• Navmalika Sidhu

Conscious Closets: Anjali Gupta

Updated: Apr 29

Handmade Minimalism

Anjali Gupta has a closet full of tailor-made pant suits, in a variety of colours and cuts, perfectly fitted to her size and shape.

Most of us, in India, are familiar with the local tailor. Our go-to person, for a better fit—a nip here and a tuck there—or for the exact specifications for a design we’ve been lusting after, at a reasonable price, especially for our festive or wedding finery. But are tailor-made clothes inherently sustainable? Most tailors in our country live on the margins of society, often below poverty line. The common perception is that tailor-made clothing should be cheap, and if a tailor is charging us more than the average, they are ‘fleecing’ the customer, an idea that doesn’t take into account the time, effort and skill invested in creating the garment. Nor does it account for cost of living and inflation. Another issue with tailor-made clothing is the discards from the cuttings. With lack of education and awareness, as also the paucity of time for a tailor who needs to take up as much work as possible, to make ends meet, and with no instruction to the contrary from the customer, these scraps of fabric ultimately end up in landfills.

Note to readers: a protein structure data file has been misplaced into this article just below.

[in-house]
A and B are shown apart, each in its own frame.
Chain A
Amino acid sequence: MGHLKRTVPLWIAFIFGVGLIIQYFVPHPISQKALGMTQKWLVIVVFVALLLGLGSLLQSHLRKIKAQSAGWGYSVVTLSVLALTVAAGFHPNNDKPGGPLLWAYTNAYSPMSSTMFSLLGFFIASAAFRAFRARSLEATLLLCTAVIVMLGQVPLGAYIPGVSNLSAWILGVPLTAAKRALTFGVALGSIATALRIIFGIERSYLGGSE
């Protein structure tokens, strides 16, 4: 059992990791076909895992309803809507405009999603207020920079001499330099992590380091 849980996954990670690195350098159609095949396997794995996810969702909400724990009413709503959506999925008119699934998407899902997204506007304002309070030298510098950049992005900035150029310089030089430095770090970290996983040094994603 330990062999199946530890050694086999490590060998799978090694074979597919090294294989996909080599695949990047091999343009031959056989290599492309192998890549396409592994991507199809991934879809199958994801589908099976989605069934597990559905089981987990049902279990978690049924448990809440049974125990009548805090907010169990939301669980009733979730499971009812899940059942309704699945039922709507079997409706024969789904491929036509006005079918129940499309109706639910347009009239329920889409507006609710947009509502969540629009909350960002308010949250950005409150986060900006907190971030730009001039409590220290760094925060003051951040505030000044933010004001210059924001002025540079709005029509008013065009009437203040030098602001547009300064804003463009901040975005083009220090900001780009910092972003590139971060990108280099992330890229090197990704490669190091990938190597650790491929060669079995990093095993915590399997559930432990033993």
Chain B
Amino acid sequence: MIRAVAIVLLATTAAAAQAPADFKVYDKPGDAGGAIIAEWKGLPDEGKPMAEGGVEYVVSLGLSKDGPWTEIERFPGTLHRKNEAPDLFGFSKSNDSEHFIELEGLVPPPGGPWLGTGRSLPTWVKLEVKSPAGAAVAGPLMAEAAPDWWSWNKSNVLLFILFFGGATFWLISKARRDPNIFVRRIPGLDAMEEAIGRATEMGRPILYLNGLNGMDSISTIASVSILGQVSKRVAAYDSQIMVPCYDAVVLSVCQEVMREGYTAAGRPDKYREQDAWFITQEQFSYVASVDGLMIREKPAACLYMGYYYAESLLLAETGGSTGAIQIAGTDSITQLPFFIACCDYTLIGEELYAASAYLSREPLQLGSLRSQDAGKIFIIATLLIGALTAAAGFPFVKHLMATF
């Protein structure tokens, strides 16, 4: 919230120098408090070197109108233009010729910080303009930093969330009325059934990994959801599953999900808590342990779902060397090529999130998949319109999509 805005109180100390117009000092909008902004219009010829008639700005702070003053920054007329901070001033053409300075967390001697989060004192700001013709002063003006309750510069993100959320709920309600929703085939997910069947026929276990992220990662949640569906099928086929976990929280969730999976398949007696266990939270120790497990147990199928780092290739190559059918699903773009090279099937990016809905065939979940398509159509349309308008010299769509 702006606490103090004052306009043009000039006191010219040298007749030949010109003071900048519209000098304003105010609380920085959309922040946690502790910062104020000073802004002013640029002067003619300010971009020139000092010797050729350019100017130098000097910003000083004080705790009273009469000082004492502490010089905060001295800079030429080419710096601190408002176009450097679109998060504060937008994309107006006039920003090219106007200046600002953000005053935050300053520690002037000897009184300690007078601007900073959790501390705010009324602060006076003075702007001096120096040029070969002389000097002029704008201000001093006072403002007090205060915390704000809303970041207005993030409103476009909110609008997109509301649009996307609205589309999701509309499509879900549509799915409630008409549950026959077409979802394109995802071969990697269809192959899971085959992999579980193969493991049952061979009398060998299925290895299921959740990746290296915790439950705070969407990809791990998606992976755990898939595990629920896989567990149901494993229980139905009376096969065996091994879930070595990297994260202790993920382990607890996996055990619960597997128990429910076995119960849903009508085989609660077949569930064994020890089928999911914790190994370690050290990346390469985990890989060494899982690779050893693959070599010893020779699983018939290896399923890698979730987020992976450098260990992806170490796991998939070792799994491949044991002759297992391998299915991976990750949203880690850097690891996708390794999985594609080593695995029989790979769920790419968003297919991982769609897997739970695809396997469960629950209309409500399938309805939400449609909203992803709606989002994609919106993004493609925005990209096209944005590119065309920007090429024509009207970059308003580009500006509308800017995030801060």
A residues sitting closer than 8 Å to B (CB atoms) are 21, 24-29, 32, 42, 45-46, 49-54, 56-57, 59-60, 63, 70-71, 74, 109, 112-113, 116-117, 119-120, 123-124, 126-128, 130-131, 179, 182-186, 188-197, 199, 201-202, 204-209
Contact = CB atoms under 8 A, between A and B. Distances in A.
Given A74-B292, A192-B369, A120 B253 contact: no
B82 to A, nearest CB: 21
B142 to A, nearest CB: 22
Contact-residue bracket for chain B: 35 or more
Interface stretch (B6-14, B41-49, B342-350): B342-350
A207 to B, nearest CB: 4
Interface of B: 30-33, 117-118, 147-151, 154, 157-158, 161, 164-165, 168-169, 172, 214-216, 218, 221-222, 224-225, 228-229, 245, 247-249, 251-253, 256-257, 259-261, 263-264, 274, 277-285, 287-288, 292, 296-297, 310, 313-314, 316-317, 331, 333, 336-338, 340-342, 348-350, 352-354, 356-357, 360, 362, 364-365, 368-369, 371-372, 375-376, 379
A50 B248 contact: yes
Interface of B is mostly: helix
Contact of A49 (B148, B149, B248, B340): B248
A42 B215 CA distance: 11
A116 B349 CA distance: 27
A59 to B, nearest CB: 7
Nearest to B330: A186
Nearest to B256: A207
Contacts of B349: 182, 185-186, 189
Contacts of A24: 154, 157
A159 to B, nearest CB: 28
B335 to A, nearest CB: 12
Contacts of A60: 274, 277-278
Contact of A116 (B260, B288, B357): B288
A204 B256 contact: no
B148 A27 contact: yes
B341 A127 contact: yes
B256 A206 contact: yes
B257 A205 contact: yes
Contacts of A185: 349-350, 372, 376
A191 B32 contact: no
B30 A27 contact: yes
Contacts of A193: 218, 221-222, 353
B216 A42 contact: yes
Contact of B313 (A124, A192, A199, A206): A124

So how can we, as customers, ensure sustainability with tailor-made clothing? We spoke to Anjali Gupta, a 26-year-old Delhi-based content creator who, over the last three years, has been working on building a sustainable closet with tailor-made clothing. “I love fashion,

I love clothes,” says Anjali. “But I decided mine had to be made mindfully.”

Anjali's tailor-made picks from her wardrobe.

It all began while Anjali was looking for traditional Indian clothing, for her best friend’s wedding. “At just five feet tall, trying to find clothes that fit both, my aesthetic and my size, was like looking for a needle in a haystack,” she says. Fortunately for Anjali, she found Mantu Prajapati or Mantuji as he’s better known, a tailor in her neighbourhood, who created some gorgeous outfits she wore to the wedding. “I was hooked,” she says. “I started buying my own fabrics and getting all my clothes stitched from him.” Anjali shared with us her most important learnings.

‘Build a rapport’

Over the course of her many visits to Mantuji, Anjali’s conversations with him have helped her develop an equation with him. “It helps that he and I belong to the same city in Bihar, and we are able to converse in our own language,” she says. “I know his entire story, and his pain points. It has helped build an empathetic relationship between us.” The end result is two people doing business with a lot of humanity. Each understands what the other is looking for, in that simple act of stitching a new garment.

‘Patience is key’